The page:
Microsoft Office Tutorials and References
In Depth Information
Meetings Galore: Scheduling Appointments
Or press Ctrl+N to open the screen that lets you create a new item in
your calendar.
3. Click in the Subject box and type something there to help you
remember what the appointment’s about.
For example, type Dentist appointment or Deposit Lottery Winnings or
whatever. This text shows up on your calendar.
4. (Optional) Click in the Location box and enter the location.
Notice the little triangle (scroll-bar button) at the right side of the box. If
you click the triangle, you see a list of the last few locations where you
scheduled appointments so that you can use the same places repeatedly
without having to retype them. Another advantage to having this
recallable list of locations is that it makes entering locations easy —
you can (for example) sort your list of appointments by location to see
whether any conference rooms are free.
5. Add any other information you need to remember about your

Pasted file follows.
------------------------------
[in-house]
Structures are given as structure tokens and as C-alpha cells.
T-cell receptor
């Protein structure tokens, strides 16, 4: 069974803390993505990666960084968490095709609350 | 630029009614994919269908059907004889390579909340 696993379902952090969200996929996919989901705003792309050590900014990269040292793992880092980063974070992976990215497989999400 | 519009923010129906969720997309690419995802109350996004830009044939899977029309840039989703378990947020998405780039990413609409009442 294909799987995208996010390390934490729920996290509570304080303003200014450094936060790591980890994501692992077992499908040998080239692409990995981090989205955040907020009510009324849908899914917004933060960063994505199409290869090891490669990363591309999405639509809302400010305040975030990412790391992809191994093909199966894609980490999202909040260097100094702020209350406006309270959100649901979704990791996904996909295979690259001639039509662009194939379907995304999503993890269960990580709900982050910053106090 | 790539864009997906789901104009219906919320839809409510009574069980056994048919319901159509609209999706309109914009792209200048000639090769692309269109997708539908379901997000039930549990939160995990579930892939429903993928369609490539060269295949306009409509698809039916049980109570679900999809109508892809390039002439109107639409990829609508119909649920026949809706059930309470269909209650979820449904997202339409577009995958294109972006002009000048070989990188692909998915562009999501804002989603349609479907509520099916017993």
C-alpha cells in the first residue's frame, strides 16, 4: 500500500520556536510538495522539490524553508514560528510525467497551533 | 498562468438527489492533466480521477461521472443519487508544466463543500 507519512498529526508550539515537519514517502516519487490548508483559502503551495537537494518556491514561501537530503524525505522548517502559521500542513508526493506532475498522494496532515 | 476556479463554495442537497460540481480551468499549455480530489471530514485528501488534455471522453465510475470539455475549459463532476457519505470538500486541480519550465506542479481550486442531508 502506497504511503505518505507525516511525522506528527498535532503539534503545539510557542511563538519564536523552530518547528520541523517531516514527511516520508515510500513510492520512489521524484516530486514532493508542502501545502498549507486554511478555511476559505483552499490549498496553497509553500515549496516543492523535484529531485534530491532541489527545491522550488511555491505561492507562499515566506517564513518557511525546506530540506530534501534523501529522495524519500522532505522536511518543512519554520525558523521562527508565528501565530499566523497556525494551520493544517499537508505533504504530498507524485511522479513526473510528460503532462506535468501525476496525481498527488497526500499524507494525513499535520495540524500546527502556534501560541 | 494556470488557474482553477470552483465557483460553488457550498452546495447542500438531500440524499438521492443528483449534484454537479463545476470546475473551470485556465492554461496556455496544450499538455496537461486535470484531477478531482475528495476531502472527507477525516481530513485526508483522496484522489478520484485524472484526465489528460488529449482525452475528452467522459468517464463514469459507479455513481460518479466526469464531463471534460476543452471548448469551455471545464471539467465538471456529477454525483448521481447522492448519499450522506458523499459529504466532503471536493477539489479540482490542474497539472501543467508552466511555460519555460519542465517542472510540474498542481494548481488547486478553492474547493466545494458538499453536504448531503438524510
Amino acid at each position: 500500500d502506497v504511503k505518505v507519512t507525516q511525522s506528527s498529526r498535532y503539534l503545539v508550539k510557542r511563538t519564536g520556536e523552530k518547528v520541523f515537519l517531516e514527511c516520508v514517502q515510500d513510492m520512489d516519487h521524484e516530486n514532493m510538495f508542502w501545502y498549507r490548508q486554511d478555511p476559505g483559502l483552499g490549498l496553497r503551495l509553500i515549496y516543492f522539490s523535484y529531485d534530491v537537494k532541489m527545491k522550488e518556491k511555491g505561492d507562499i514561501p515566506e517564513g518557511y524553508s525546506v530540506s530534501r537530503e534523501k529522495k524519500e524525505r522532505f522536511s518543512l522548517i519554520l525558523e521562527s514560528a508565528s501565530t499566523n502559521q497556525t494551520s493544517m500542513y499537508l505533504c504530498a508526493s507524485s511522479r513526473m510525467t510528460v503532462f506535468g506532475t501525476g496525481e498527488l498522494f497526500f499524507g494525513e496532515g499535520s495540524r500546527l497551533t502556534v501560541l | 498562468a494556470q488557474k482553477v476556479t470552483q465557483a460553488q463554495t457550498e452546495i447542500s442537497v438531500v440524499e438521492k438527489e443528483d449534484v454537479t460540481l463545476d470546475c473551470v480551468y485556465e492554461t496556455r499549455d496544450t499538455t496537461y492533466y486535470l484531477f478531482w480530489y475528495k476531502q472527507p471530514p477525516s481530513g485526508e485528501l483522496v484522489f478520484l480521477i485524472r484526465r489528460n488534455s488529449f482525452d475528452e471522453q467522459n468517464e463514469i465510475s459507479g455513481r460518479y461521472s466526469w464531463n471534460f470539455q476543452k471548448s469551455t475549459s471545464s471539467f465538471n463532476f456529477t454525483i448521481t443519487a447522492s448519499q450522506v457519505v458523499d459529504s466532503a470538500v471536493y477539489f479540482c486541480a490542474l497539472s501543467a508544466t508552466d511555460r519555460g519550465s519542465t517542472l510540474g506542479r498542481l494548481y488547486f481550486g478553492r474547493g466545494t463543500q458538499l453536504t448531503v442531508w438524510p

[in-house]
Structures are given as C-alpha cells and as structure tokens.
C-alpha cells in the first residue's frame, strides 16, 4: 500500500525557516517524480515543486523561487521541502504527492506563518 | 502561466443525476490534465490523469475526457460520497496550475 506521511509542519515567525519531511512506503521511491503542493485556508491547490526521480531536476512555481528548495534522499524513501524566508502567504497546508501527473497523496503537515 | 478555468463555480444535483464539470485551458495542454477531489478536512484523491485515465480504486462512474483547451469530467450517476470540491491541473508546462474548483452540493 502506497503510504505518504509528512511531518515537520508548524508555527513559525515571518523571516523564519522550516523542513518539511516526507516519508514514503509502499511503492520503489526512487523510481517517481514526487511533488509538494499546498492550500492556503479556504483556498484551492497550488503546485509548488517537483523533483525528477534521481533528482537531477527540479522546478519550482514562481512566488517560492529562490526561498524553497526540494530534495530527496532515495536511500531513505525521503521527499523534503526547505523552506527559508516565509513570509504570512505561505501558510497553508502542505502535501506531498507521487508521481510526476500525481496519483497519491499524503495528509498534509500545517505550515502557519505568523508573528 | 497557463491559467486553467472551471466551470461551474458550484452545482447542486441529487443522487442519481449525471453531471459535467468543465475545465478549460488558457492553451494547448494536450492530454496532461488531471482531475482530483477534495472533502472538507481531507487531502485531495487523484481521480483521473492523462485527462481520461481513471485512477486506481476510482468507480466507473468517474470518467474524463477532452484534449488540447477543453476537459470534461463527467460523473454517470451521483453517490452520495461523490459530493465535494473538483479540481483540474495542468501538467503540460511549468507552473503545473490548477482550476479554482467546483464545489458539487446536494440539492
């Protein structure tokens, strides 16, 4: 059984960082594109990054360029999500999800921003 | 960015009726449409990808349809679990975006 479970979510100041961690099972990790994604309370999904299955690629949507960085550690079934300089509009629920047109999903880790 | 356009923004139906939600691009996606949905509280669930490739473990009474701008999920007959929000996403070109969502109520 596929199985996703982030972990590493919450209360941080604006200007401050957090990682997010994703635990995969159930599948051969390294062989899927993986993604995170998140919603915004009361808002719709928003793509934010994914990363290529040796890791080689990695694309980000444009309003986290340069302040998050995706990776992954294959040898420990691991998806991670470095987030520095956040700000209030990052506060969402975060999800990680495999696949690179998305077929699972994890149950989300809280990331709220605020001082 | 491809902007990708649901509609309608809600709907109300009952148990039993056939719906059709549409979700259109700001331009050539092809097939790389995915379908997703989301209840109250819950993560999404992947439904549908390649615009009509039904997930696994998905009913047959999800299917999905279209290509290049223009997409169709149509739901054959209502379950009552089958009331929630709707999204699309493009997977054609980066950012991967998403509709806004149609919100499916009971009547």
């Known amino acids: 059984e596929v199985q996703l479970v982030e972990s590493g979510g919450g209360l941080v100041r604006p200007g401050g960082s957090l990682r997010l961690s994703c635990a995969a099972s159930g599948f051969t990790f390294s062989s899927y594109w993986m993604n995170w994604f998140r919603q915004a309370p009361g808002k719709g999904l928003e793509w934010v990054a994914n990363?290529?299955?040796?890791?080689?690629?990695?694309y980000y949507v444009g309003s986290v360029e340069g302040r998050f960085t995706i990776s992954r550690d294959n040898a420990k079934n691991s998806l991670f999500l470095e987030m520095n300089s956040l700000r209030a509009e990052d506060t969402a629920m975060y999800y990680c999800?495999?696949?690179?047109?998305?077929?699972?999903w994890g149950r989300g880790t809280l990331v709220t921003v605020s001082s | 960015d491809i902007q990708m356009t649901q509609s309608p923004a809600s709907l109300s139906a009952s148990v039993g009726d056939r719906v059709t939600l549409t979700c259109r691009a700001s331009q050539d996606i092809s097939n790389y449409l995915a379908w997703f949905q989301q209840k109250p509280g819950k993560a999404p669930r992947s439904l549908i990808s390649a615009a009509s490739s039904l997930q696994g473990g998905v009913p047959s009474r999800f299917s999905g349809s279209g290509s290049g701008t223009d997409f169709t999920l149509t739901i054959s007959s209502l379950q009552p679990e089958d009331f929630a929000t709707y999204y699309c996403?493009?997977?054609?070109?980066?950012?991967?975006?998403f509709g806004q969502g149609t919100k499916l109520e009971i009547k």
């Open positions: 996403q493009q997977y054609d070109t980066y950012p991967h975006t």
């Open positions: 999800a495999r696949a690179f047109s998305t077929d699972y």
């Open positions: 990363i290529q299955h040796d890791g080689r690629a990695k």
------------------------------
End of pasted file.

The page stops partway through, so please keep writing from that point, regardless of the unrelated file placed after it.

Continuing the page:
The large, empty box in the Appointment form is a great place to save
driving directions, meeting agendas, or anything else that might be
helpful to remember when the appointment time arrives.
6. Click the Save & Close button.
The appointment you created appears in your calendar (as shown in
Figure 8-4). You may have to change your Calendar view by clicking the
Date Navigator on the date the appointment occurs so that you can see
your new appointment.
If you want to see reminders for all your important appointments, you must
keep Outlook running so that the reminders pop up. You can keep Outlook
running in the background if you start a second program, such as Microsoft
Word. When the reminder time arrives, you see a dialog box similar to the one
shown in Figure 8-5.
Not this time: Changing dates
You can be as fickle as you want with Outlook. In fact, to change the time of
a scheduled item, just drag the appointment from where it is to where you
want it to be (as shown in Figure 8-6). Or back again . . . maybe . . . if you feel
like it. . . .
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